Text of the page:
Eat and meet
KampotKampot has a reasonable selection of places to eat and drink, with most of them running along the River Rd between the post office and the old bridge.
While Sri Lankan food isn't the first thing you may think of when you think of Kampot, the Bamboo Light Cafe continues to dish out excellent Indian and Sri Lankan cuisine. This is food you'd travel across a capital city to get to, but it's being served up in a little tasteful shopfront in downtown Kampot instead. The Sri Lankan-style roti is the specialty, a spicy dish made of strips of flatbread, veggies and meat. The decor is better than most, with a thatched ceiling and light fixtures made of bamboo. Prices are reasonable and the service is friendly -- the cook insisted on serving us fresh food and told us candidly what she made best.
Heading north from Bamboo Light you'll reach a trio of foreigner-friendly restaurants -- Coco House, Say Sa Bok and Jasmine. All do a mix of Khmer and international food. Coco has the best location, but there's really little to separate the three, although Say Sa Bok is closed in rainy season. Jasmine's steaks are popular among expats. It offers WiFi access and has a knowledgeable owner, Mark, who plays old movies on a big screen one night a week. Further north again, the Little Garden Bar has a small, well shaded cafe/restaurant on the corner and probably stands out for its sandwiches. If you're heading up Bokor, drop by here to pick up some pre-packaged meals for the trip up -- and try their pizza when you get back.
At the southern end of the riverside strip you'll find Bokor Mountain Lodge, Bonkors, Rusty Keyhole and Rikitikitavi. Bokor Lodge is our favourite for a streetside sundowner, while Rikitikitavi gets the vote for a splash out meal. Bonkors was closed for several months in mid-2009 but we heard the owner plans to reopen or perhaps sell the place. Rusty Keyhole is by far the most popular restaurant along the strip, overflowing with customers while others remain empty. NGO folk living in Kampot congregate there nightly to devour the famed "Rusty ribs."
In off the river, the Epic Arts Cafe offers good meals along with homemade cakes and other snackies. The breakfasts are quite good and we recommend the bagels with apple cream cheese. It's part of a project involving deaf and disabled communities and profits go to a couple of associations working with disadvantaged people.
Piggies, sandwiched between Bonkors and Rusty Keyhole, opened in June 2009, and serves $2.25 jugs of Anchor draft during happy hour, as well as the "best spaghetti/pizza/steak in town" according to a sign hanging out front.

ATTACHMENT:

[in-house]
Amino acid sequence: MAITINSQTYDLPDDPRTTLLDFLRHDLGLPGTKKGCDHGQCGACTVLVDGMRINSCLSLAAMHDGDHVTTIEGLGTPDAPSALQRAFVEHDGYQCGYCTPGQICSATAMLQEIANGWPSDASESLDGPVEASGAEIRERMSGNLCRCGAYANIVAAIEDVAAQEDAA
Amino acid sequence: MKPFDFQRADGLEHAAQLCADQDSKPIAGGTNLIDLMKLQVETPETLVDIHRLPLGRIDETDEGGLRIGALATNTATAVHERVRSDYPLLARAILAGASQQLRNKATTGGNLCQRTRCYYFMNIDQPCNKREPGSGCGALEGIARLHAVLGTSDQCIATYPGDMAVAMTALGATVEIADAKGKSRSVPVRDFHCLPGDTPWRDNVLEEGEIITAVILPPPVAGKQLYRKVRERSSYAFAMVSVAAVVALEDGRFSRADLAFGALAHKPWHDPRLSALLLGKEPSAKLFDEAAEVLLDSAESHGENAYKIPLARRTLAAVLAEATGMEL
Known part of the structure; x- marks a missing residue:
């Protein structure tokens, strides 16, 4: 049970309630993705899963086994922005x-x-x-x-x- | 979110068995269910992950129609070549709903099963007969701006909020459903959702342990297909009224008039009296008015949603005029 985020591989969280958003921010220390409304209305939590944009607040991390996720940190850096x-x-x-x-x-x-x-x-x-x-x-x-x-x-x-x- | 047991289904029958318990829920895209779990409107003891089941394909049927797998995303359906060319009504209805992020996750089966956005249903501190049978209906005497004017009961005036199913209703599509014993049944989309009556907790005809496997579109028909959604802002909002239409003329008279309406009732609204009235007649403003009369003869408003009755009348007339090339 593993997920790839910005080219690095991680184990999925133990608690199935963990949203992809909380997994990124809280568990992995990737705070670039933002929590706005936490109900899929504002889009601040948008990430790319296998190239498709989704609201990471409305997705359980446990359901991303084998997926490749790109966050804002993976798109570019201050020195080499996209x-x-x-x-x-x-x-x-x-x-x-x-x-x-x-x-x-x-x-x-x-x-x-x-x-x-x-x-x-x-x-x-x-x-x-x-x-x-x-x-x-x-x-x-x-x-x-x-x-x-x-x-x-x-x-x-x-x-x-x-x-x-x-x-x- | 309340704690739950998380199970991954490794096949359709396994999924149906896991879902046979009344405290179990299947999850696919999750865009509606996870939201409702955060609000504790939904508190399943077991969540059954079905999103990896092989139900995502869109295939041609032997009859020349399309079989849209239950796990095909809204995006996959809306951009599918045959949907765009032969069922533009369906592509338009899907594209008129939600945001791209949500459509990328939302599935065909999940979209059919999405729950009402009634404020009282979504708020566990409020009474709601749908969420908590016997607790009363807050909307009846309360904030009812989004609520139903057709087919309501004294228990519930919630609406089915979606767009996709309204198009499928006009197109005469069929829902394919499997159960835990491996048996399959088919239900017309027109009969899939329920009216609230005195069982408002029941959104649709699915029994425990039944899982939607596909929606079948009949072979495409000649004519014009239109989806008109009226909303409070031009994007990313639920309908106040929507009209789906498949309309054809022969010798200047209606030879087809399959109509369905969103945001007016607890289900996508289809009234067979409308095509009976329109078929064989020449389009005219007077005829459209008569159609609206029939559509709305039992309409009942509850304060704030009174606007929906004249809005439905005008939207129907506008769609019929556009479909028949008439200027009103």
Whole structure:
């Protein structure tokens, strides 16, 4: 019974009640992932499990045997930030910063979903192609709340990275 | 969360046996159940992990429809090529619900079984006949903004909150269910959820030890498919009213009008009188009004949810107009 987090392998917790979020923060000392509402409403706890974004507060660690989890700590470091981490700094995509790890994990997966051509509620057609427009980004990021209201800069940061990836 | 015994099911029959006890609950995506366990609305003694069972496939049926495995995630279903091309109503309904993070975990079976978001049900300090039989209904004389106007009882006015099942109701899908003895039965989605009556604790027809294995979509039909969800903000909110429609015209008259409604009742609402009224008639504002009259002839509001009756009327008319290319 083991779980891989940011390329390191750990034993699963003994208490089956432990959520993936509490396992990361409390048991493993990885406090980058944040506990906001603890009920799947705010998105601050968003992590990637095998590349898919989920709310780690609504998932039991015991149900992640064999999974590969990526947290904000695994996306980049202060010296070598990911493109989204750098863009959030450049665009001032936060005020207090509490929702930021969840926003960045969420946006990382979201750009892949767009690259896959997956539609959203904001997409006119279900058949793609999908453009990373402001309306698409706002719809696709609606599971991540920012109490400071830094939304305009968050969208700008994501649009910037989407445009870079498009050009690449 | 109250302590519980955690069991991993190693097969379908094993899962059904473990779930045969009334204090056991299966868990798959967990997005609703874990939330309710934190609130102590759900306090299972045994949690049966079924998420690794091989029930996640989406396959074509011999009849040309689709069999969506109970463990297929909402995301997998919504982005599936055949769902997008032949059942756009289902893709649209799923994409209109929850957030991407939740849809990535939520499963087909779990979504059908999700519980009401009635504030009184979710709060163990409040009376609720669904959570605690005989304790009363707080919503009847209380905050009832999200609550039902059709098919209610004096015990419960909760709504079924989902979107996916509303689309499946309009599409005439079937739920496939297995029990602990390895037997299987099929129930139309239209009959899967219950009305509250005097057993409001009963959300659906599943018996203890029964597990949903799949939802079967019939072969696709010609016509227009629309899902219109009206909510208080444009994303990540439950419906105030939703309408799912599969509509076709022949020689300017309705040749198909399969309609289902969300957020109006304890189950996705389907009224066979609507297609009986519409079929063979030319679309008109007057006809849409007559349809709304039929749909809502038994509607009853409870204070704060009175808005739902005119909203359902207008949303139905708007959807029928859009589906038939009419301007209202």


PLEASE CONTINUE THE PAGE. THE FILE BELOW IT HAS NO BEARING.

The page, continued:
Mea Culpa serves fantastic wood-fired pizza. And it lives up to the hype. Set in an outdoor patio beside the hotel of the same name, this place is worth the 10-minute walk south of town. The staff is as kind as the Australian owner, and seem genuinely excited to serve exceptionally good food. While the pizzas are as good as pizza gets, try to squeeze in an appetiser, as these are equally top-notch.
Sundowners Tavern, a few doors down from Epic Arts Cafe, opened in May 2009. Though it's yet to really get off the ground, its Australian owner says he has big plans to buy an oven and plans to sell fresh-made baked goods and reheated meat pies imported from a specialty baker in Phnom Penh. It currently serves Khmer and Western food with no MSG, Australian wines, and plays Aussie rugby on the television behind the bar.
It's worth the trip to Kampot just to eat at Akashi. Set inside a Khmer villa with lime green walls and black-and-white tile floors, everything here is fantastic. The quiches are the specialty, and we enjoyed the pumpkin, feta and rosemary but the goat cheese, beetroot and walnut also sounded tasty. The molten dark chocolate cake is well-known around town, and the homemade mango ice cream made us truly love our job. Every meal comes with freshly baked house bread, and a range of sandwiches and soups are on offer as well.
Ta Ouv, a riverfront Khmer restaurant next to the new bridge, is also a fine choice. Get there early to snag one of the waterfront tables. It has a range of Cambodian dishes, with an emphasis on seafood. The coconut green curry crab is spicy, slightly sweet and a favourite.
Among the guesthouse restaurants, Blissful, with its large, very affordable portions, is the best spot.
Lastly, don't forget the fresh juice stands that open up in the evening along the old bridge road -- splendiforous! They're unfortunately only around during dry season too.
Akashi: Across from the hospital, Kampot. T: (012) 423 180. Open Wed-Mon, 11:00-17:00.
Bamboo Light Cafe: River Rd, Kampot. T: (089) 476 578 Open daily, 07:00-late.
Bokor Mountain Lodge: River Rd, Kampot. T: (033) 932 314. Open daily.
Bonkors: River Rd, Kampot. Open Thu-Tue, 13:00-24:00.
Coco House: River Rd, Kampot. T: (033) 932 198.
Epic Arts Cafe: A block back from the abandoned market, Kampot. Open daily.
Jasmine: River Rd, Kampot. T: (012) 927 313.
Little Garden Bar: River Rd, Kampot. T: (012) 256 901. Open daily.
Piggies: River Rd, Kampot. T: (012) 820 988. Open daily, 16:00-late.
Rikitikitavi: River Rd, Kampot. T:(012) 235 102. Closed Mondays.
Rusty Keyhole: River Rd, Kampot. Open daily.
Say Sa Bok: River Rd, Kampot. Open daily.
Sundowners: A block back from the abandoned market, Kampot. T: (011) 485 525. Open daily, 17:00-late.
Ta Ouv: Next to the new bridge, Kampot. T: (033) 932 422, (012) 820 832. Open daily.
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